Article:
NFC North: Jared Alen

Free Head Exam: Minnesota Vikings

October, 25, 2010
After the Minnesota Vikings' 28-24 loss Sunday at the Green Bay Packers, here are three issues that merit further examination:

  1. Coach Brad Childress offered some raw criticism for quarterback Brett Favre after he threw three interceptions and admitted he was one failed drive away from pulling him from the game. Childress is to speak to reporters Monday afternoon, but I can't imagine there is a scenario where he would leave open the possibility of benching Favre for next Sunday's game against the New England Patriots. I realize Favre is dealing with a re-injured ankle, but he has time to heal. It's true that Favre's 10 interceptions ties him for the NFL high, even after only five games. But the Vikings literally begged Favre to play one more season and are paying him $16 million to do it. If they're going to go down, it has to be with Favre behind center.
  2. Head Exam
    Kevin SeifertFollowing their loss against Green Bay, the Vikings take their turn in the examination room.

  3. I've never been one to harp on officiating calls during the course of a game, so we'll just say that two of the more questionable instances both went against the Vikings in scoring situations. They definitely have an argument on Andrew Quarless' touchdown reception in the second quarter; replays showed him losing control of the ball as he landed on his back. I also have to agree with Childress on what appeared to be a clean 17-yard touchdown reception by tight end Visanthe Shiancoe. Ultimately, however, complaining about officiating calls is a loser's lament. The Vikings had plenty of other opportunities to win that game, and the Packers could probably find instances where they felt an official's call went against them.
  4. As we noted earlier Monday, the Vikings took some interesting steps to protect a secondary that has lost starter Cedric Griffin for the season and had shaky rookie Chris Cook at nickelback. Cook eventually had to be benched and replaced by Frank Walker, and the Packers looked like they were trying to target Walker and second-year cornerback Asher Allen. Ultimately, they were forced to pull up their pass rush and hope that Jared Allen, Kevin Williams and Ray Edwards could help shut down the short- and intermediate game by blocking the passing lanes. Eventually, they slowed down the Packers. Rodgers threw for 227 yards in the first half but managed only 52 the rest of the way.
And here is one issue I don't get:
I'll never understand why the Vikings don't make a distinction between their third-down offense and their 2-minute offense. I'm fine if tailback Adrian Peterson isn't on the field for every third down, but I can't see how it makes sense to take him off the field for any part of a game-ending drive to score what would be a winning touchdown. But Peterson was off the field for third- and fourth-down plays on the Vikings' final drive, giving way to rookie Toby Gerhart. Nothing against Gerhart, but when a division game is on the line, you can't outsmart yourself. You need your best players on the field at all times.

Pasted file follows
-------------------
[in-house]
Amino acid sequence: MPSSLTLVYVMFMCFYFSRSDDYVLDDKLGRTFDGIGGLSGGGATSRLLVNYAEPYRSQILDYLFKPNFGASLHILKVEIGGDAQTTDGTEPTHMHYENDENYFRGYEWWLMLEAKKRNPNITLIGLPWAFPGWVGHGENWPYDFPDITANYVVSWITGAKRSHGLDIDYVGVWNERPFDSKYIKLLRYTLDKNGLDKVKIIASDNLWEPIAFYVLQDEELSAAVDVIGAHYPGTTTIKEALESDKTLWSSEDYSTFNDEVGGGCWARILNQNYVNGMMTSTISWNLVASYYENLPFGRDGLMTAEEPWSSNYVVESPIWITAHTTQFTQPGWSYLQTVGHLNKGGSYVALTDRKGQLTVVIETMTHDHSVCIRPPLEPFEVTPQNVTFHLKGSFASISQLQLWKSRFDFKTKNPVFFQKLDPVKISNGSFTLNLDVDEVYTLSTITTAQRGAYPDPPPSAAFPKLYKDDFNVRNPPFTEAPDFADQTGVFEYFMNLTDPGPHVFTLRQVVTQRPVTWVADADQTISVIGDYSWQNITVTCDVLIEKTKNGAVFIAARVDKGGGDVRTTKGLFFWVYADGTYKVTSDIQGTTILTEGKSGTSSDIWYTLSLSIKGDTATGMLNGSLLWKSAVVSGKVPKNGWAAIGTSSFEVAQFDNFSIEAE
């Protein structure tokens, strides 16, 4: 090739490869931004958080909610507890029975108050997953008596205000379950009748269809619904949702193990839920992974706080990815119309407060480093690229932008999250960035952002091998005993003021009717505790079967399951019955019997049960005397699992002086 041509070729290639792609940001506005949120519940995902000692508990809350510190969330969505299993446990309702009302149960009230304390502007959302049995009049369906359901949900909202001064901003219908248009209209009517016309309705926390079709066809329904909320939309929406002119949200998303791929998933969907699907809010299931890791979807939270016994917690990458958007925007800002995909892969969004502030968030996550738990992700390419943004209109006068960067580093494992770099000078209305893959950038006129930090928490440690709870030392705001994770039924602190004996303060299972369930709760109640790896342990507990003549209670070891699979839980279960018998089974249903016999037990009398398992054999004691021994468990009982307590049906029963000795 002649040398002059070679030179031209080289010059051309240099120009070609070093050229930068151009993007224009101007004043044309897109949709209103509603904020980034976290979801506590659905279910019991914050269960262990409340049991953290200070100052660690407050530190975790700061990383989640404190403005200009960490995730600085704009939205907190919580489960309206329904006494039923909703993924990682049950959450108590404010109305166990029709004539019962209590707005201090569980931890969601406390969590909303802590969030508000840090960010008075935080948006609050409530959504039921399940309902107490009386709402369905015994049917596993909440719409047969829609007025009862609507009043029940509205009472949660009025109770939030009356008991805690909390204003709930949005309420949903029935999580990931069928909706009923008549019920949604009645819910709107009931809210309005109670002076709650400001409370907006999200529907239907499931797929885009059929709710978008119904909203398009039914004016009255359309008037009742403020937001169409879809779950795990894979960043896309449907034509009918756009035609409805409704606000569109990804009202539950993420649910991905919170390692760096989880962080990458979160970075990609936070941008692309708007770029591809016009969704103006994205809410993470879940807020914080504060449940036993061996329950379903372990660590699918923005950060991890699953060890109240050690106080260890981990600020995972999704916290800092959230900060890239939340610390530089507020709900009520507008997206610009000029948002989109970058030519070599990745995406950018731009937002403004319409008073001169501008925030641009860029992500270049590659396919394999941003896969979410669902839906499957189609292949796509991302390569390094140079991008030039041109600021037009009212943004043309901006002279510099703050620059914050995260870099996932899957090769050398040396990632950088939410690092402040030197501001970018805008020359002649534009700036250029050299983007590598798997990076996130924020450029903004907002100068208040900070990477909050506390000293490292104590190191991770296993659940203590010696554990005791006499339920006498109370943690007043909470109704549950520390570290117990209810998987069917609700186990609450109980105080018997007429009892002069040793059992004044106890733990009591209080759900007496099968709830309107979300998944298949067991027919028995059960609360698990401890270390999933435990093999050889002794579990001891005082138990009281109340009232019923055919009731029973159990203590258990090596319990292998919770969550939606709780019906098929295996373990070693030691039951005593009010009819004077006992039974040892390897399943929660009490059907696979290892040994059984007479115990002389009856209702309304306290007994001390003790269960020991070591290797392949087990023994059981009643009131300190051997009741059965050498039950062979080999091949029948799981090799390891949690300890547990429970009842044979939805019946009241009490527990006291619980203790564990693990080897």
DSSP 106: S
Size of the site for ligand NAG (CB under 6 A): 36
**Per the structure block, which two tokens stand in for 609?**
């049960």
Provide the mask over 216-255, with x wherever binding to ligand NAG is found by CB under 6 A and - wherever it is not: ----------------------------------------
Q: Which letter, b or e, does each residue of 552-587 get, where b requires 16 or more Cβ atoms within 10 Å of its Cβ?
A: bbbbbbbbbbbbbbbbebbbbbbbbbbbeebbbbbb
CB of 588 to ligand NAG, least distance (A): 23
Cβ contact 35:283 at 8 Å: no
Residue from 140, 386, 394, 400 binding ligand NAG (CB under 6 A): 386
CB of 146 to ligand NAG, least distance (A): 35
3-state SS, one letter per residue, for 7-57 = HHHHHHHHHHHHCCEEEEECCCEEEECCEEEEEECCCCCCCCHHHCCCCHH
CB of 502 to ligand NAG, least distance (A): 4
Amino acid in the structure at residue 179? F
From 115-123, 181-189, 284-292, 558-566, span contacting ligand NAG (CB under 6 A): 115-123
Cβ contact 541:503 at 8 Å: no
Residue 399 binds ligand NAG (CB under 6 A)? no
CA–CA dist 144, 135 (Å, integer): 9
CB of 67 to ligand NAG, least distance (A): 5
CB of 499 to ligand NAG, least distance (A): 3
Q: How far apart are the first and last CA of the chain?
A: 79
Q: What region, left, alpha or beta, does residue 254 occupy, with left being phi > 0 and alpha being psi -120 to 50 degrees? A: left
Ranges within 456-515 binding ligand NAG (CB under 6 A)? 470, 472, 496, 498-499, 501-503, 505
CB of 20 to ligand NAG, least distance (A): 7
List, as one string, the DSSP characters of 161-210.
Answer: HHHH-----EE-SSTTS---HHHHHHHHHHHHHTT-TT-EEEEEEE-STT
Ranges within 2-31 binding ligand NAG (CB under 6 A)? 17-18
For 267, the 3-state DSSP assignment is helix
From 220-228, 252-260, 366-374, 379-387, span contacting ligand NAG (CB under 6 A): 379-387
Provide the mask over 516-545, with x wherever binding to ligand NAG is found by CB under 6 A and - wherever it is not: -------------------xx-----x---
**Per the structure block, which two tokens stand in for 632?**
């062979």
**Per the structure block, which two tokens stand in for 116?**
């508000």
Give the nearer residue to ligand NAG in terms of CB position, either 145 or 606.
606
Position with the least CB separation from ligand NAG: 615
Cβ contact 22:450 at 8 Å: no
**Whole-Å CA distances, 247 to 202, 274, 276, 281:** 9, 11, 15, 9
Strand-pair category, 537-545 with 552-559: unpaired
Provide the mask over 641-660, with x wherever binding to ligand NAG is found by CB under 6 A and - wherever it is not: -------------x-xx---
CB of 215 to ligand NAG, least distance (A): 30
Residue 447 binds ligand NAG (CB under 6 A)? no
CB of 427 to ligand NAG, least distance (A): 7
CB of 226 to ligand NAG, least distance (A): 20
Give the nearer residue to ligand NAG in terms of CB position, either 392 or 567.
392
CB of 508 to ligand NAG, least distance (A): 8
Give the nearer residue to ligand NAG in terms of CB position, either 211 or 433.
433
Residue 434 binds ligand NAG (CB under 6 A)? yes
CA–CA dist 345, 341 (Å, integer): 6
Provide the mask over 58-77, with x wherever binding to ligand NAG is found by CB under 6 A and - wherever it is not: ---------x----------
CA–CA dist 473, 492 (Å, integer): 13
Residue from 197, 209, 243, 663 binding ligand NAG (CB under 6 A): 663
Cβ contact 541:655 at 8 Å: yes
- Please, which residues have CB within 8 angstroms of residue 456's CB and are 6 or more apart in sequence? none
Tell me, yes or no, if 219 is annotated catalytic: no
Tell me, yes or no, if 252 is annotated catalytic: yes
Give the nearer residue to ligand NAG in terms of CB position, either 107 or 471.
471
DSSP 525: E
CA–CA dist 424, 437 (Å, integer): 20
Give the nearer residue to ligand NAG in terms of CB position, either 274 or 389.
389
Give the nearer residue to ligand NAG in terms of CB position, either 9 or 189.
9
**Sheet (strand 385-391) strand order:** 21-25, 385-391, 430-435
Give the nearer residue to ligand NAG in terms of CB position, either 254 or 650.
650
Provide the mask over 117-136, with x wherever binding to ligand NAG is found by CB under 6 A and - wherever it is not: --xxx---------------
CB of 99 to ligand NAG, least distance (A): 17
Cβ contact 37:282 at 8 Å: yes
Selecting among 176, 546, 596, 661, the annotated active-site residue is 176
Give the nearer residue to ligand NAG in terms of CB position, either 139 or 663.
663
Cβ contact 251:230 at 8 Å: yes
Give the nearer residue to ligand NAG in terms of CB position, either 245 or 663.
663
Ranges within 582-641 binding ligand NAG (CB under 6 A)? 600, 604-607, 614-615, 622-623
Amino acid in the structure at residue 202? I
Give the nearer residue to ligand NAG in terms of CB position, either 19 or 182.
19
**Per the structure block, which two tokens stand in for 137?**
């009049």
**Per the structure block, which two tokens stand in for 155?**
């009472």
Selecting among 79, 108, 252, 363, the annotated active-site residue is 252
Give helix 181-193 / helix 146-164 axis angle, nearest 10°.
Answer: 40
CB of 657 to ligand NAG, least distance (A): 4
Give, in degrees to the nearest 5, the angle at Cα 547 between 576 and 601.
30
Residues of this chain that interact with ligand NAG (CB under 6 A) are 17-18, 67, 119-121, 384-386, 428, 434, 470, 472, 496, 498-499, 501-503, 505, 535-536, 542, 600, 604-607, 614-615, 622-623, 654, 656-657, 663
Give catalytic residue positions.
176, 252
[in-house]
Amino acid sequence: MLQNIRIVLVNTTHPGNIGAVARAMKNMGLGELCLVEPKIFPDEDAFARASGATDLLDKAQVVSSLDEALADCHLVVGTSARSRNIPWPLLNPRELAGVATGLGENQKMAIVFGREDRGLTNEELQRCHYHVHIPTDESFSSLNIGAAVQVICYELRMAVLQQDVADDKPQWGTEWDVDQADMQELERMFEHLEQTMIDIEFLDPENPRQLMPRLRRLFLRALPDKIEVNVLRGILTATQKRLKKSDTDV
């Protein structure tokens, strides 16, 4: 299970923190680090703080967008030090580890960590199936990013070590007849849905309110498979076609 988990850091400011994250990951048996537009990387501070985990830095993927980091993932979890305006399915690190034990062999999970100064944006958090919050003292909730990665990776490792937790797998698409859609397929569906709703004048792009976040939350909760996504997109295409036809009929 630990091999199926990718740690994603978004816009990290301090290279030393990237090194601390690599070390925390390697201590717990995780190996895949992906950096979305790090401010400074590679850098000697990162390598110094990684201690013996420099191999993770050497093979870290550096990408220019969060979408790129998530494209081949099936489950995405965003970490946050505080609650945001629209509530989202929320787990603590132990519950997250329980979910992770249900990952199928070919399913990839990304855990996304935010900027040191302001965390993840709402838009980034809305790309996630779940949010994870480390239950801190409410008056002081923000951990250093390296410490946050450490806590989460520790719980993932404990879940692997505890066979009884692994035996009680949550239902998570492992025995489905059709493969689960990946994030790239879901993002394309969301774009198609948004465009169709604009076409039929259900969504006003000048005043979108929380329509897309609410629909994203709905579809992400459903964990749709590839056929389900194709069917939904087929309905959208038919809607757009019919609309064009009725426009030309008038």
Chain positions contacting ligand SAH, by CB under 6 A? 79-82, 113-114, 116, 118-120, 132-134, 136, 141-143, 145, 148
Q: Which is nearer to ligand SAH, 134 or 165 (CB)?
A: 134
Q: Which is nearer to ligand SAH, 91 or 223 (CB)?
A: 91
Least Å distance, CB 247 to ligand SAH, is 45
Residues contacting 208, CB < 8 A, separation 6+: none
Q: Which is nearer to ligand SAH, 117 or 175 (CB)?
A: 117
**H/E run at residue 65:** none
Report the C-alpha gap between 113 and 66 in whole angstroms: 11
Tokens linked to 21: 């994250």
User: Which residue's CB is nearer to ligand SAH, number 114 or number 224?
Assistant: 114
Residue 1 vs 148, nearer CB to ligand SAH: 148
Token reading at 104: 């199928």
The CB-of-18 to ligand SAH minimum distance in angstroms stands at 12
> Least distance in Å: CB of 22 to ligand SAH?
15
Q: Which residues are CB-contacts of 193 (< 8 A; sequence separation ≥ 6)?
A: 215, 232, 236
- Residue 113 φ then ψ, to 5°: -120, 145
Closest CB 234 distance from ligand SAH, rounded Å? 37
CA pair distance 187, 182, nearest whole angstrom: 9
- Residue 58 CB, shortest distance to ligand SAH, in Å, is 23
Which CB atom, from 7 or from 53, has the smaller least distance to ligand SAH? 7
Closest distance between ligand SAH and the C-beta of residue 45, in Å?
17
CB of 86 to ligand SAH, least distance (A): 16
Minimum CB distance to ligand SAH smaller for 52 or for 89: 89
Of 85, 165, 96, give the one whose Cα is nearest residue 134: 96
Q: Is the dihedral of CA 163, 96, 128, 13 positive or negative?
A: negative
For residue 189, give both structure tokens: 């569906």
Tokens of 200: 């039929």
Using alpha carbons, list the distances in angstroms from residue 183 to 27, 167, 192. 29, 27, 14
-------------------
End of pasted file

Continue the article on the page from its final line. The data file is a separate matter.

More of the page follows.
Posted by's Kevin Seifert

APPLETON, Wis. -- We're packing up here in Wisconsin while also working on an extended post set to publish later in the day. In the meantime, let's take a quick spin around the NFC North now that Green Bay's 24-19 victory over Minnesota has established a hierarchy in the division:

  • After watching Packers quarterback Aaron Rodgers lead Green Bay to victory, Tom Oates of the Wisconsin State Journal wrote: "Rodgers showed that the Packers still have the best quarterback in the NFC North." Faint praise, but it's accurate -- after Week 1, at least.
  • Rodgers resisted baiting techniques from the Vikings' secondary, according to Bob McGinn of the Milwaukee Journal Sentinel.
  • Vikings defensive end Jared Allen called his performance "one of the least productive games I've had in my life," according to the Star Tribune.
  • Tom Powers of the St. Paul Pioneer Press appreciated Minnesota quarterback Tarvaris Jackson's honesty in explaining his mistakes Monday night. "Accountability is good," Powers wrote. "Not screwing up in the first place is better."
  • Chicago running back Matt Forte said Monday he "pretty much" met his goals by rushing for 123 yards in his debut Sunday night at Indianapolis, according to the Chicago Sun-Times.
  • Chicago players were entitled to crow about their victory, according to David Haugh of the Chicago Tribune.
  • Lions center Dominic Raiola to Detroit reporters Monday: "I hope this loss humbled the locker room." Raiola believes the Lions might have gotten ahead of their hype.
  • The mother of former Lions defensive end Victor DeGrate told the Detroit News her son had nothing to do with the disappearance of running back Rudi Johnson's bags. Former Lions running back Tatum Bell has said he took the bags because he thought they were DeGrate's.

Vikings defensive line reunited

July, 30, 2008
Posted by's Kevin Seifert

The Minnesota Vikings finally have gotten all four starters on their celebrated defensive line back on the field.

Tuesday, nose tackle Pat Williams was cleared for team drills after previously taking limited work to protect his surgically-repaired elbow.

On Wednesday, the Vikings activated left end Ray Edwards (back) from the Physically Unable to Perform list. Edwards participated in individual drills Wednesday morning and is on track to start doing team work soon.

Edwards, Pat Williams, Kevin Williams and Jared Allen form what many consider the best defensive line in the NFL.